Sunday, November 1, 2009

Chatting With Silverbob

One of the more pleasant memories of a decidedly pleasant weekend (I except the extremely ugly Game 3 of the World Series last night) was sitting on a couch in the F&SF suite, chatting with Robert Silverberg. If you didn't have any idea who he was, you'd still think he was an extremely charming and witty and learned and intelligent man. But of course, he's rather more than that. He's . . . Robert Silverberg.

I said as much to David Hartwell, on my way to the Weird Tales party, where I read "Hush and Hark" as part of their "Midnight Invocations" . . . "There I was, talking to Robert Silverberg, as if I had a right to do so!" I said.

"Of course you had the right," David said. Then, with only the slightest pause, "But he is the King."

So I'm well and happy and hoping you are the same.



HANNAH'S DAD said...

Anyone who wrote _A Time of Changes_ is alright by me.

But have you read his popular nonfiction archaeology and history?

_The Man Who Found Nineveh_, about Henry Austin Layard (or was it his evil twin Austin Henry Layard), intrepid Victorian amateur who found Middle Eastern archaeology is an absolute ripper.

Must get hold of his book on Prester John one day...

Michael Swanwick said...

I'm onthte road right now or I'd make a long post on this very subject. Short version: Marianne and I were in Ohio looking at Mound-Builder sites and many, many things we saw just didn't add up. Then I bought a Silverberg book on the subject in a gift shop and, hey presto!, everything was clear as clear.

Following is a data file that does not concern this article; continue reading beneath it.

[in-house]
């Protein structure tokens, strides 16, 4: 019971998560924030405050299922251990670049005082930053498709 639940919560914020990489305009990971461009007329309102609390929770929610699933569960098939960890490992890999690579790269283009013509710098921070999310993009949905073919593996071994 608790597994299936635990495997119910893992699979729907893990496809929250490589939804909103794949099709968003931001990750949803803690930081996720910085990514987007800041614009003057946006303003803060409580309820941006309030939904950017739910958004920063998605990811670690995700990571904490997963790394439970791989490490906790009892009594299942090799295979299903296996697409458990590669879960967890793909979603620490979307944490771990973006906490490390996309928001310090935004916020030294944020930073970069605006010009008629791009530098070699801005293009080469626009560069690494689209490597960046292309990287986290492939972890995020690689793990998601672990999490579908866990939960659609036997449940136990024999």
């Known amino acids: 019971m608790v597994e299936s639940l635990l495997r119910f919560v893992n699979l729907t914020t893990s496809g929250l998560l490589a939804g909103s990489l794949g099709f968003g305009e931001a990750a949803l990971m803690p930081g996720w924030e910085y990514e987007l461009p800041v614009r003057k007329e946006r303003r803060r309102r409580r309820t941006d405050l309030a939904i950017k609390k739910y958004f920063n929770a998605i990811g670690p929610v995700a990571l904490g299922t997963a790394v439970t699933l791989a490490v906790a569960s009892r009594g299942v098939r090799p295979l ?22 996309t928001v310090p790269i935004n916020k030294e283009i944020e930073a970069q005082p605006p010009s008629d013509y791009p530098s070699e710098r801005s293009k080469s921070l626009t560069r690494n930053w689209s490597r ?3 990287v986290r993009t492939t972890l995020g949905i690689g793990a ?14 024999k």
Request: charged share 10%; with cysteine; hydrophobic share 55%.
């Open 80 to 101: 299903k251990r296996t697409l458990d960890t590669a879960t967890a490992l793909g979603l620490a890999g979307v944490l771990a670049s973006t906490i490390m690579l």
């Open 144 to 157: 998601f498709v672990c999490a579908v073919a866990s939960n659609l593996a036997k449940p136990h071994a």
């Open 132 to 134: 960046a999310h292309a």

So I heartily second your commendation.

Keith Ferrell said...

Bob's nonfiction career is in many ways as impressive as his fiction; the Prester John book, like the Mound Builders works, is well worth getting hold of, as are a dozen or more others. One of the first things I did when editing Omni was to get Bob to return, briefly alas, to nonfiction. His essays in Asimov's have for years been indispensable, both for their insights, and for the history of the field that is taking shape within them. An extraordinary writer.

HANNAH'S DAD said...

Aargh. *founded* Middle Eastern archaeology dammit. Not *found*.

Though I guess if there is an academic field you can find just lying around on the ground...

Michael Swanwick said...

Best save of the week!

If only I had gobs and gob of time, it would be great fun to read all of Silverbob's nonfiction and write a slim, forty thousand word book about it.

Alas, I'd have to do so at the expense of my own shot at literary immortality. But if somebody else ever does it, I am DEFINITELY buying the book.

As a user's guide, if nothing else.